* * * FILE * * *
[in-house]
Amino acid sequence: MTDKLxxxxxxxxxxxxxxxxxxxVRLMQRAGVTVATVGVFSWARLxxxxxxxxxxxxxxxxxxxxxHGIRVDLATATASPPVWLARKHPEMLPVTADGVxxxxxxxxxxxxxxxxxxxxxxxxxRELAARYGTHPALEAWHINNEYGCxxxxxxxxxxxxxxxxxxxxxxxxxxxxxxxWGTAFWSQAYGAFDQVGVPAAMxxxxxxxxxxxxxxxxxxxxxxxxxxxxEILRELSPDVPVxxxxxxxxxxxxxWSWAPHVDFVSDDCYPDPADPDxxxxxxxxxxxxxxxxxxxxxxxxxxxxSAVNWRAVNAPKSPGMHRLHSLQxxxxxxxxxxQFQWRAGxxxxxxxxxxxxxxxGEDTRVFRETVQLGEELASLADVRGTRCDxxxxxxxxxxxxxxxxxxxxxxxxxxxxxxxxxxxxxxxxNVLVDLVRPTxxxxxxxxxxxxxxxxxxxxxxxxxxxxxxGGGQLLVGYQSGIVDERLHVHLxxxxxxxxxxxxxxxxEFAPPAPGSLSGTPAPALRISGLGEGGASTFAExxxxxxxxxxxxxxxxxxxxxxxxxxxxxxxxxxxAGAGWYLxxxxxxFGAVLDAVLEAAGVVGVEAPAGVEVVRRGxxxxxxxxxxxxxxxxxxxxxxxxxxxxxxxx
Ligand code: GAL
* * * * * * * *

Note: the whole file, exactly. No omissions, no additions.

[in-house]
Amino acid sequence: MTDKLxxxxxxxxxxxxxxxxxxxVRLMQRAGVTVATVGVFSWARLxxxxxxxxxxxxxxxxxxxxxHGIRVDLATATASPPVWLARKHPEMLPVTADGVxxxxxxxxxxxxxxxxxxxxxxxxxRELAARYGTHPALEAWHINNEYGCxxxxxxxxxxxxxxxxxxxxxxxxxxxxxxxWGTAFWSQAYGAFDQVGVPAAMxxxxxxxxxxxxxxxxxxxxxxxxxxxxEILRELSPDVPVxxxxxxxxxxxxxWSWAPHVDFVSDDCYPDPADPDxxxxxxxxxxxxxxxxxxxxxxxxxxxxSAVNWRAVNAPKSPGMHRLHSLQxxxxxxxxxxQFQWRAGxxxxxxxxxxxxxxxGEDTRVFRETVQLGEELASLADVRGTRCDxxxxxxxxxxxxxxxxxxxxxxxxxxxxxxxxxxxxxxxxNVLVDLVRPTxxxxxxxxxxxxxxxxxxxxxxxxxxxxxxGGGQLLVGYQSGIVDERLHVHLxxxxxxxxxxxxxxxxEFAPPAPGSLSGTPAPALRISGLGEGGASTFAExxxxxxxxxxxxxxxxxxxxxxxxxxxxxxxxxxxAGAGWYLxxxxxxFGAVLDAVLEAAGVVGVEAPAGVEVVRRGxxxxxxxxxxxxxxxxxxxxxxxxxxxxxxxx
Ligand code: GAL